One of the main questions companies face when they acquire a new brand is whether to keep that brand alive, merge it with an existing brand in their portfolio (i.e. rebrand), or retire it altogether. The question that underpins this decision is rather straightforward: in the long-run, what will be best for the business?
The answer to this question is multi-faceted and complicated. So much so that there often is a temptation to act quickly (some say efficiently), and bypass the due diligence required to consider all available rebranding options.
Other crucial considerations are timeline and budget. A total rebrand is an expensive endeavour, as is keeping two separate (and similar) brands alive and financially supported. There are a number of reasons to plough on ahead with a rebrand, just as there are many that make a solid argument for a slow/steady transition, and indeed no rebrand whatsoever.
In order to maximise the synergies promised from an acquisition, there can be no one-size-fits-all approach. Although the simplest approach is tempting, especially if your business is engaged in an active and rapid acquisition schedule. The hard truth is that a one size fits all approach can be effective, but by the same token can leave a risky door open for major brand equity and customer value loss.
When we are brought in to consult on acquisition strategy, we often find teams stuck on either side of this debate. The crux of the argument is whether the cost-savings from quickly exploiting the immediate short-term rebranding synergies outweigh the potential losses in customer value.
If this question is not answered objectively it allows space for internal politics to creep in, (especially in the case of a merger, with two equally sized brands).
It is also common for brand and marketing teams to be excluded from M&A discussion, and this is a costly folly. Marketing teams are acutely aware of the brand equity at stake, and this is often not valued or understood inter-departmentally.
Consensus is key.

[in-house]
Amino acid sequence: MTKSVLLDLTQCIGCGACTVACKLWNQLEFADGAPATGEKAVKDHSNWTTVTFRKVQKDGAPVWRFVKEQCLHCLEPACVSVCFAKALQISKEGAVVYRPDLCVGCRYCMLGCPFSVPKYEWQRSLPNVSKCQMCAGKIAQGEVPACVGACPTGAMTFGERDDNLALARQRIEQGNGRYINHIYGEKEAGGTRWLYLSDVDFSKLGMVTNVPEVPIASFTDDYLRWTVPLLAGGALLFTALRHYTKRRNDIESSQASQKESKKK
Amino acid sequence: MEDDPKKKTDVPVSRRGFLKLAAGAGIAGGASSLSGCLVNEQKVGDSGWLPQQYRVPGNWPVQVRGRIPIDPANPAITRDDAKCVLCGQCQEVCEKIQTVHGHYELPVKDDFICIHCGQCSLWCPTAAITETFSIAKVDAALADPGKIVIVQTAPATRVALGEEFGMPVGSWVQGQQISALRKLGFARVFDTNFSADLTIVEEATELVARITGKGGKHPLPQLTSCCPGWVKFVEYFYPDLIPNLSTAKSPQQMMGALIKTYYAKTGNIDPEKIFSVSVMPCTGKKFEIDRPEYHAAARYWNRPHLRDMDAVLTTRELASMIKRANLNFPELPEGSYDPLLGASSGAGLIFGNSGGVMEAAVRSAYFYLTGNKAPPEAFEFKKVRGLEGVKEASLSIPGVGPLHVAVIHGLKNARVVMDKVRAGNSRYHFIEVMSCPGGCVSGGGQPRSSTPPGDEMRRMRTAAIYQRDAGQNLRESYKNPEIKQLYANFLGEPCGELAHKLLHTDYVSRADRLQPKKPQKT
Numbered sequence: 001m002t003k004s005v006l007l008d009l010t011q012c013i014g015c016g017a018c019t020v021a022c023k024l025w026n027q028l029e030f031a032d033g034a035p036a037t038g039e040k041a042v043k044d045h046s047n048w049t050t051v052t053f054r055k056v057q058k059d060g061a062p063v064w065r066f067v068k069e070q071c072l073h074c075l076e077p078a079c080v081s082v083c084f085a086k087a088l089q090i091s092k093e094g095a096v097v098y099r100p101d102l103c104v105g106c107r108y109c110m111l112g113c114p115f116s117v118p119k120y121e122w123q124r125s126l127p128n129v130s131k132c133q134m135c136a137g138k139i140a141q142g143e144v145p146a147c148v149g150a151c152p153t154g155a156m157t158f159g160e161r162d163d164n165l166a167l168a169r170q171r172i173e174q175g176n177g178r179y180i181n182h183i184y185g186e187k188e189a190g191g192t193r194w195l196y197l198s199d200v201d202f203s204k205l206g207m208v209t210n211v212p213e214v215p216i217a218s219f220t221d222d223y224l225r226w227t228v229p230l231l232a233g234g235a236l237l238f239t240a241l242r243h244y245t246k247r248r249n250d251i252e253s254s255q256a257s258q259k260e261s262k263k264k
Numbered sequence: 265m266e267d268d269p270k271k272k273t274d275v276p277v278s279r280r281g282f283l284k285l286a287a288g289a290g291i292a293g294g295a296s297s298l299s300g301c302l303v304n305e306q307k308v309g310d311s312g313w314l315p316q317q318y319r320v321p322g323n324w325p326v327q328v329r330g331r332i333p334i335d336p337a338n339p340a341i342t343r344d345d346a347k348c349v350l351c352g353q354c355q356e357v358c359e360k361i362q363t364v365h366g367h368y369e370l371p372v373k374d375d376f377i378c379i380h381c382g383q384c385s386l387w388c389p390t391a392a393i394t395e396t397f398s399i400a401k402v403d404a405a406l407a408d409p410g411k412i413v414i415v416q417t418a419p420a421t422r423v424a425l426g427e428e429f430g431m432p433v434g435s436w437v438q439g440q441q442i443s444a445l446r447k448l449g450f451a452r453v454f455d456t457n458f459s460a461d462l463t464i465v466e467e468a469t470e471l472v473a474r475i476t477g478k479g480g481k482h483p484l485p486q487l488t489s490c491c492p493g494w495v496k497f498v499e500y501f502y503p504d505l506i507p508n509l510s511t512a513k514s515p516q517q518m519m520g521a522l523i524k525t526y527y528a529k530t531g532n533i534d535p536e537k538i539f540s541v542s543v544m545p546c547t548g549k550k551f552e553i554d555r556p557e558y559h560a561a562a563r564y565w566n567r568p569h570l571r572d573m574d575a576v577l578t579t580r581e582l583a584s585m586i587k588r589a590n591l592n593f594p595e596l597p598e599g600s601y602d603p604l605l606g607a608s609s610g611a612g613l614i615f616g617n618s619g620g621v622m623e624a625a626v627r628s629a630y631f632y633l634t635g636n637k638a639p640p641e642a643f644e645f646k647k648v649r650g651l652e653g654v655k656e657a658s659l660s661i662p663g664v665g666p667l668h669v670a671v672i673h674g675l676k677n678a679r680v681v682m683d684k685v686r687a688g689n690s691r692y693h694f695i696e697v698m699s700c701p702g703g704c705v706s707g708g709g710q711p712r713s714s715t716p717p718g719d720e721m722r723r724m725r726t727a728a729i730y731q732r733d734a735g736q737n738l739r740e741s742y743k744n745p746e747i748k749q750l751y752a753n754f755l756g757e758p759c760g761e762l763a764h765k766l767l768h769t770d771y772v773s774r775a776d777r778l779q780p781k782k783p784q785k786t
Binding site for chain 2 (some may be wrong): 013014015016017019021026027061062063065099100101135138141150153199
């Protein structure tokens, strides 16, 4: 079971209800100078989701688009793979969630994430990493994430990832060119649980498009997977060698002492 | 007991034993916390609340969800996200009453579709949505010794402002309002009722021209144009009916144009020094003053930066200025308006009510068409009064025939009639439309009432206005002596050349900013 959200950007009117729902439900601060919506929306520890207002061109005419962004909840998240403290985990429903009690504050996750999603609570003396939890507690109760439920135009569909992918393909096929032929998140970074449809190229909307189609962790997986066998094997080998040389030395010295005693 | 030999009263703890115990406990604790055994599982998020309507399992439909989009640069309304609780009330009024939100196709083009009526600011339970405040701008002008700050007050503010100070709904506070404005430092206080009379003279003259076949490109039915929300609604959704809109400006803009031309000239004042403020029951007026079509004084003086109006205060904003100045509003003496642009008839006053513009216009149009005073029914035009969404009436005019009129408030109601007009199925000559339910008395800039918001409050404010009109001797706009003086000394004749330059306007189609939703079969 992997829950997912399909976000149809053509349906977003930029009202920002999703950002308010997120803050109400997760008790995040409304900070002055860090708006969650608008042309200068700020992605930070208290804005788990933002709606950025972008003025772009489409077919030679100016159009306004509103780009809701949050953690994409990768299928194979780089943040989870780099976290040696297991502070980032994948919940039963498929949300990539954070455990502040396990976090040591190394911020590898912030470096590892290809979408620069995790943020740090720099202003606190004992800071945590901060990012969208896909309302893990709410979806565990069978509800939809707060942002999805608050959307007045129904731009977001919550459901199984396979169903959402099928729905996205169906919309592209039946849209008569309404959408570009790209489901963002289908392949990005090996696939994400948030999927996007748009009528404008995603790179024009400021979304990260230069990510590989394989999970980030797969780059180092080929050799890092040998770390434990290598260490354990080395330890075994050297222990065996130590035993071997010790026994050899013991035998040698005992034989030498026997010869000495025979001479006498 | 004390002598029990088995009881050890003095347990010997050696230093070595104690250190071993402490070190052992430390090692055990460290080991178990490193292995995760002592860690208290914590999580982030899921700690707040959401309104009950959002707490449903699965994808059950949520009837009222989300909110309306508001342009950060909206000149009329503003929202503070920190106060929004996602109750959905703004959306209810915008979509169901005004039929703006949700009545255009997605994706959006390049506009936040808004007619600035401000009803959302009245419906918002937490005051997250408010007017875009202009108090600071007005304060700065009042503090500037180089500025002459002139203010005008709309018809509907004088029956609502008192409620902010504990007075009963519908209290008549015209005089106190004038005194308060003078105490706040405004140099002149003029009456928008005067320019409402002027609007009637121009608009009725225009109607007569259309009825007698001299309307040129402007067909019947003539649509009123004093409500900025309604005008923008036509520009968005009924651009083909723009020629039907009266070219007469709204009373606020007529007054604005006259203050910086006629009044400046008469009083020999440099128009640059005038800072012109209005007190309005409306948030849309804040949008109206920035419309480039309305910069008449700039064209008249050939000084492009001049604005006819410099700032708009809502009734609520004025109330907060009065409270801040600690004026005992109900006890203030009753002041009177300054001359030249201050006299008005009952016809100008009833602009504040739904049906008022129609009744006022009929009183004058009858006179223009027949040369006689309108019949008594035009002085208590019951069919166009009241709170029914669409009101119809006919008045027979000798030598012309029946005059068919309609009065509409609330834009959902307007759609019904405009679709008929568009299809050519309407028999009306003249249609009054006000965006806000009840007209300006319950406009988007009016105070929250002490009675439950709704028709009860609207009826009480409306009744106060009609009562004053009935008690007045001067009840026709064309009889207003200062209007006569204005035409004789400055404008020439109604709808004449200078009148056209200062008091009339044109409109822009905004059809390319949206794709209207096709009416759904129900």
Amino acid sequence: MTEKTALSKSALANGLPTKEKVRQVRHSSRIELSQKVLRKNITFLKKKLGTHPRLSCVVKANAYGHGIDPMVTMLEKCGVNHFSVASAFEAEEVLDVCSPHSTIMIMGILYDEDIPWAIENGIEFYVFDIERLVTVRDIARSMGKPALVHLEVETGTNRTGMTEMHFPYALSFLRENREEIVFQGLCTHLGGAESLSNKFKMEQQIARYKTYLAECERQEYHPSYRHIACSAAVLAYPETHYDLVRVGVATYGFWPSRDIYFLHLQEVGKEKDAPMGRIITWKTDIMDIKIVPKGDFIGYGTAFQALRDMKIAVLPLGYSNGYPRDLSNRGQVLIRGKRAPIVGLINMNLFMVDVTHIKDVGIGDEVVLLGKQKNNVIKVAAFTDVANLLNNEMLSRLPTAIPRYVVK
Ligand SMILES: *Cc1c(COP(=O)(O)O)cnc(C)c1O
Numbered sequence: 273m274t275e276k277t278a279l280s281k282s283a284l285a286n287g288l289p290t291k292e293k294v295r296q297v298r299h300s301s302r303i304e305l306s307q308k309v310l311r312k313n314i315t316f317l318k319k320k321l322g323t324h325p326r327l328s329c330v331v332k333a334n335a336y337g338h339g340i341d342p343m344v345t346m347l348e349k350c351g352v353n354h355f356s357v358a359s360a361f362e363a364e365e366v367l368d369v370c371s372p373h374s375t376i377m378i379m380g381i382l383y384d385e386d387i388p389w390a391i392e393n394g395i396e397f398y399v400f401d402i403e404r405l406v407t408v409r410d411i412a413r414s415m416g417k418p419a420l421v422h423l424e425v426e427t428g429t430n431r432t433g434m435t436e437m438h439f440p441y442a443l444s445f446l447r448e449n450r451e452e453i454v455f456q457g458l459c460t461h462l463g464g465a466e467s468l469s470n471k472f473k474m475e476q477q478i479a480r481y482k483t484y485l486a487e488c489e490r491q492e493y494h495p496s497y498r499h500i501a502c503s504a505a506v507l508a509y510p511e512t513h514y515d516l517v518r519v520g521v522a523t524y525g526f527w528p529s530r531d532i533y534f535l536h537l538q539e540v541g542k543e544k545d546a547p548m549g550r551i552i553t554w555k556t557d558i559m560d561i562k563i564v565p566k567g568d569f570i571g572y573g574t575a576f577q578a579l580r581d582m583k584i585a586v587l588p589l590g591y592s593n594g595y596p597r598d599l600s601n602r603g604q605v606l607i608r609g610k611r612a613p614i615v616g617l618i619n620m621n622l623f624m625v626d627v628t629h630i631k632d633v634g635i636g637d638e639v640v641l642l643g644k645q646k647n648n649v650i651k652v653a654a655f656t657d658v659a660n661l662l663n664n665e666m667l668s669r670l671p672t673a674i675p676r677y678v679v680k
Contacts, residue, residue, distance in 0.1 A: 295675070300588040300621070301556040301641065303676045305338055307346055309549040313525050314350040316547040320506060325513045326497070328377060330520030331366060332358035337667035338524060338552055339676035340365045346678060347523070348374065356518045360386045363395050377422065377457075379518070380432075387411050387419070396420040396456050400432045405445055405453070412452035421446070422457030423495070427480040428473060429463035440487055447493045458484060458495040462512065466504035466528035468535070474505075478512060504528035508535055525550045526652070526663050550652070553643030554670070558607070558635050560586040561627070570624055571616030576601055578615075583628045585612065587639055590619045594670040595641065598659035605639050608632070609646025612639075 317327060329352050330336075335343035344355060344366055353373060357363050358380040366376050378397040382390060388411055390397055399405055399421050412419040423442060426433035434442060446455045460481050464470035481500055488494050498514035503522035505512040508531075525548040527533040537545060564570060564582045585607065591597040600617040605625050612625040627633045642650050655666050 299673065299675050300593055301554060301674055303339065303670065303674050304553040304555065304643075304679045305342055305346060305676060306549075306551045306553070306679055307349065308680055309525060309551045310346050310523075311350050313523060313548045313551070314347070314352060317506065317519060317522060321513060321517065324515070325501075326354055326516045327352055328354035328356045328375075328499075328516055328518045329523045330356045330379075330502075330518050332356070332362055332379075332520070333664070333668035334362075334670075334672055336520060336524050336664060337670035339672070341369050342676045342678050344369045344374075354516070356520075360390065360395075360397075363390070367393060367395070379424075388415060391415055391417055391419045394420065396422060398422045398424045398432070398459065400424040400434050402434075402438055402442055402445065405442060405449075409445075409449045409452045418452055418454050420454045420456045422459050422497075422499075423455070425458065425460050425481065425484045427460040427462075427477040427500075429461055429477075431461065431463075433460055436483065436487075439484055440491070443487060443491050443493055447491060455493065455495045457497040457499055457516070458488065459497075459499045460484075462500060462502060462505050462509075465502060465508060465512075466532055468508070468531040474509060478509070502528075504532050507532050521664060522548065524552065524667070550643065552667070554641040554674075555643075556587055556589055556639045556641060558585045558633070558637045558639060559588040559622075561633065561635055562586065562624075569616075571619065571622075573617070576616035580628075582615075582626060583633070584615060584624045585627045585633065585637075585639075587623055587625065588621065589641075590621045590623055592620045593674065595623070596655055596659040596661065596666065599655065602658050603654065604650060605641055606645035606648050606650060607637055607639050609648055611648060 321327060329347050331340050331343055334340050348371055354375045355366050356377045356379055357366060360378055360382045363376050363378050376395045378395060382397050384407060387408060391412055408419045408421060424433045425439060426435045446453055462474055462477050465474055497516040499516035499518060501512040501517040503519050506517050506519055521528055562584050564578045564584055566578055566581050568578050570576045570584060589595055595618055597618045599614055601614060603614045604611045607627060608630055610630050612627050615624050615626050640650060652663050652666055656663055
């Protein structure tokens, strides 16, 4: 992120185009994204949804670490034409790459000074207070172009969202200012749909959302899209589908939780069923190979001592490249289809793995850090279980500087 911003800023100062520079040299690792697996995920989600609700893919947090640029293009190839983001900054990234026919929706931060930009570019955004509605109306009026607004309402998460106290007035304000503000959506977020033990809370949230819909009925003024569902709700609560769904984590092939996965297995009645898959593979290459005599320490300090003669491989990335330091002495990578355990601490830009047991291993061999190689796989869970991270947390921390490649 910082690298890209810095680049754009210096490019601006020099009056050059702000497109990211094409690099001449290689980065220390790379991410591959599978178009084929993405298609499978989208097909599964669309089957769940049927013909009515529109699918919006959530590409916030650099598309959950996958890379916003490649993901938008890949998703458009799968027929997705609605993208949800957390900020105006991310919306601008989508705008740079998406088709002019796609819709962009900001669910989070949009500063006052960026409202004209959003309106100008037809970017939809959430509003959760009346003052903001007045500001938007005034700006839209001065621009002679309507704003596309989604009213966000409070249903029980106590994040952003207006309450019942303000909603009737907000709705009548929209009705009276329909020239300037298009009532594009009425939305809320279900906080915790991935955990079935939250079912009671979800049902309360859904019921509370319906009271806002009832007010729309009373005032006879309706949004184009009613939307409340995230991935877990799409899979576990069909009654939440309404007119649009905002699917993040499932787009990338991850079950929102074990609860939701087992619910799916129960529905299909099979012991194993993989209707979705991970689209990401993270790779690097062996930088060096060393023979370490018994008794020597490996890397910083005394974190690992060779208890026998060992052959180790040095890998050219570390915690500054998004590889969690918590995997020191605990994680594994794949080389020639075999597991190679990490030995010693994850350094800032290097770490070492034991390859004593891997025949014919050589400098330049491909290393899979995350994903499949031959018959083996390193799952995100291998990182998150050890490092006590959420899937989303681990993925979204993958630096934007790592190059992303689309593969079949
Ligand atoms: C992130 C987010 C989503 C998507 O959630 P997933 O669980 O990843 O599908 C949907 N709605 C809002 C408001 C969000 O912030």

In order to achieve this, it is prudent for teams to zoom out and understand the principle reasons to rebrand or not to rebrand.
Reasons to Rebrand
Broadly speaking there are seven commercial reasons why companies might want or need to rebrand:
- Acquirer brand stronger than the acquired brand: the acquirer might own a brand that will stimulate demand more effectively than the current brand.
- Acquirer brand weaker than the acquired brand in an important market: particularly for partial name changes, the acquirer may want to transfer the awareness and strength of a sub-brand to its own brand in a target market.
- Super-divisional (e.g. regional) marketing strategy: regional advertising and publicity such as an Olympic sponsorship may make it more effective and efficient to have a single brand for many markets.
- Organisational change and integration: the acquirer wants to make sweeping changes to the acquisition – in particular to integrate teams closely – and wants to signal that to employees and other stakeholders.
- Changes to the company’s offer: showing an improved or modernised service based on the new expertise and capabilities of the acquirer to customers. This may have the added benefit of highlighting the acquirer’s other products and stimulating cross-selling.
- Saving costs: multiple acquisitions in similar industries can mean that similar products and services are sold and marketed under different brands, increasing complexity and duplicating marketing, branding and management costs. Rebrands can be effective at eliminating or at least reducing those extra costs.
- Regulatory and contractual demands: where divisions of a company are sold and the original brand is still being used in part of the original company, it may be legally necessary to change brands to avoid confusion.
Reasons to not Rebrand
- Strong acquired brand: In many cases purchasing the brand was the purpose of the deal and is essential for maintaining value of the acquisition. This is the reason why industries with strong locally focussed brands like consumer-packaged goods tend to have much lower rates of rebranding.
- Disruption: big changes to brands can indicate big changes to service or the company’s way of working which can damage customer and employee loyalty.
- Cultural Differences: strong internal loyalty for the original brand and big differences in culture between the acquiree and acquired can make execution more difficult and costly.
- Accounting Complexities: rebranding may require the write-down of the purchased brand value which will reduce first-year accounting profits despite not affecting real performance.
- Planned Divestments: the acquirer may want to sell parts of the acquisition and selling them is easier if the next acquirer does not also have to rebrand.
- Cost and complexity of change: rebranding can take a large amount of management time and thinking. Since outcomes are often uncertain, sticking with the status quo is often preferred.